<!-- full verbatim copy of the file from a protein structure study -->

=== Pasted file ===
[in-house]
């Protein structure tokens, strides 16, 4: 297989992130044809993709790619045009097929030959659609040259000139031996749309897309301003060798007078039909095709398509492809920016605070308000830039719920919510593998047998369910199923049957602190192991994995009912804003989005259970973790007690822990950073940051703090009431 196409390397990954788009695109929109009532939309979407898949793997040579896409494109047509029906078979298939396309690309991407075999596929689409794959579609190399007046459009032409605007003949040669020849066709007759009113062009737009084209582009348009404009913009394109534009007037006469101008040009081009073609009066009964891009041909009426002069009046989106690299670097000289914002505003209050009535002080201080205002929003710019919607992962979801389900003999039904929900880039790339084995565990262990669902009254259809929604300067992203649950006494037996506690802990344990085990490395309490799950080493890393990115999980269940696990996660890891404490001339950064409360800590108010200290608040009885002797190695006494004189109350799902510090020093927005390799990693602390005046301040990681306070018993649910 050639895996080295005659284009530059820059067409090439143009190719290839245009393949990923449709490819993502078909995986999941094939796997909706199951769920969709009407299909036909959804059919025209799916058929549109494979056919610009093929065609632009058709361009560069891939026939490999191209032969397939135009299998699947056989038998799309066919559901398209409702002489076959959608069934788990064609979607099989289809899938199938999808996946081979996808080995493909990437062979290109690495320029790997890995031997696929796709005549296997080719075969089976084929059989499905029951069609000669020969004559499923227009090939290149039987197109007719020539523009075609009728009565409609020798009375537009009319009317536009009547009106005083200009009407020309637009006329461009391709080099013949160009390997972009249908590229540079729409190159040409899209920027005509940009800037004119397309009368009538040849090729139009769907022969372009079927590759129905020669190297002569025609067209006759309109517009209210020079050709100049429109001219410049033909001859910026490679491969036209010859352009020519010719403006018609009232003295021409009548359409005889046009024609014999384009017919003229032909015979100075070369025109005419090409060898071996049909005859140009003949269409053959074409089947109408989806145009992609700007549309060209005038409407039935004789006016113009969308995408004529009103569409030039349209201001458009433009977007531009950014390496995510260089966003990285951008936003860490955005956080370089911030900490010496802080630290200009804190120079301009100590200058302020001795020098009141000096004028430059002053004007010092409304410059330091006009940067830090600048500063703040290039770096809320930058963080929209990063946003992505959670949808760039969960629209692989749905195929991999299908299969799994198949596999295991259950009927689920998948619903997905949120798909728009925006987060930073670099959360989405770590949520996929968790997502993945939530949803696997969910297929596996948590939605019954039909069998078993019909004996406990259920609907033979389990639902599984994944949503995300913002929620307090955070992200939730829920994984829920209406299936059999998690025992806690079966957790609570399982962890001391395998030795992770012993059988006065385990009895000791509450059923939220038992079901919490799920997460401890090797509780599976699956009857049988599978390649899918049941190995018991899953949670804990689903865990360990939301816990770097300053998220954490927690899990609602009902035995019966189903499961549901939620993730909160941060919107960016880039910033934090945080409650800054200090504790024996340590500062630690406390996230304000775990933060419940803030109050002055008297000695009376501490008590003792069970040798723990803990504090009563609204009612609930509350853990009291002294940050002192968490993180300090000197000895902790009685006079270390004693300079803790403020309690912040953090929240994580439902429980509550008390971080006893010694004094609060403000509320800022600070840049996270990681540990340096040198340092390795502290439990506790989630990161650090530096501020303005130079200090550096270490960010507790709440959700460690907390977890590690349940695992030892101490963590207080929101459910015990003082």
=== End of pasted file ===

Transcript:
[in-house]
């Protein structure tokens, strides 16, 4: 297989992130044809993709790619045009097929030959659609040259000139031996749309897309301003060798007078039909095709398509492809920016605070308000830039719920919510593998047998369910199923049957602190192991994995009912804003989005259970973790007690822990950073940051703090009431 196409390397990954788009695109929109009532939309979407898949793997040579896409494109047509029906078979298939396309690309991407075999596929689409794959579609190399007046459009032409605007003949040669020849066709007759009113062009737009084209582009348009404009913009394109534009007037006469101008040009081009073609009066009964891009041909009426002069009046989106690299670097000289914002505003209050009535002080201080205002929003710019919607992962979801389900003999039904929900880039790339084995565990262990669902009254259809929604300067992203649950006494037996506690802990344990085990490395309490799950080493890393990115999980269940696990996660890891404490001339950064409360800590108010200290608040009885002797190695006494004189109350799902510090020093927005390799990693602390005046301040990681306070018993649910 050639895996080295005659284009530059820059067409090439143009190719290839245009393949990923449709490819993502078909995986999941094939796997909706199951769920969709009407299909036909959804059919025209799916058929549109494979056919610009093929065609632009058709361009560069891939026939490999191209032969397939135009299998699947056989038998799309066919559901398209409702002489076959959608069934788990064609979607099989289809899938199938999808996946081979996808080995493909990437062979290109690495320029790997890995031997696929796709005549296997080719075969089976084929059989499905029951069609000669020969004559499923227009090939290149039987197109007719020539523009075609009728009565409609020798009375537009009319009317536009009547009106005083200009009407020309637009006329461009391709080099013949160009390997972009249908590229540079729409190159040409899209920027005509940009800037004119397309009368009538040849090729139009769907022969372009079927590759129905020669190297002569025609067209006759309109517009209210020079050709100049429109001219410049033909001859910026490679491969036209010859352009020519010719403006018609009232003295021409009548359409005889046009024609014999384009017919003229032909015979100075070369025109005419090409060898071996049909005859140009003949269409053959074409089947109408989806145009992609700007549309060209005038409407039935004789006016113009969308995408004529009103569409030039349209201001458009433009977007531009950014390496995510260089966003990285951008936003860490955005956080370089911030900490010496802080630290200009804190120079301009100590200058302020001795020098009141000096004028430059002053004007010092409304410059330091006009940067830090600048500063703040290039770096809320930058963080929209990063946003992505959670949808760039969960629209692989749905195929991999299908299969799994198949596999295991259950009927689920998948619903997905949120798909728009925006987060930073670099959360989405770590949520996929968790997502993945939530949803696997969910297929596996948590939605019954039909069998078993019909004996406990259920609907033979389990639902599984994944949503995300913002929620307090955070992200939730829920994984829920209406299936059999998690025992806690079966957790609570399982962890001391395998030795992770012993059988006065385990009895000791509450059923939220038992079901919490799920997460401890090797509780599976699956009857049988599978390649899918049941190995018991899953949670804990689903865990360990939301816990770097300053998220954490927690899990609602009902035995019966189903499961549901939620993730909160941060919107960016880039910033934090945080409650800054200090504790024996340590500062630690406390996230304000775990933060419940803030109050002055008297000695009376501490008590003792069970040798723990803990504090009563609204009612609930509350853990009291002294940050002192968490993180300090000197000895902790009685006079270390004693300079803790403020309690912040953090929240994580439902429980509550008390971080006893010694004094609060403000509320800022600070840049996270990681540990340096040198340092390795502290439990506790989630990161650090530096501020303005130079200090550096270490960010507790709440959700460690907390977890590690349940695992030892101490963590207080929101459910015990003082």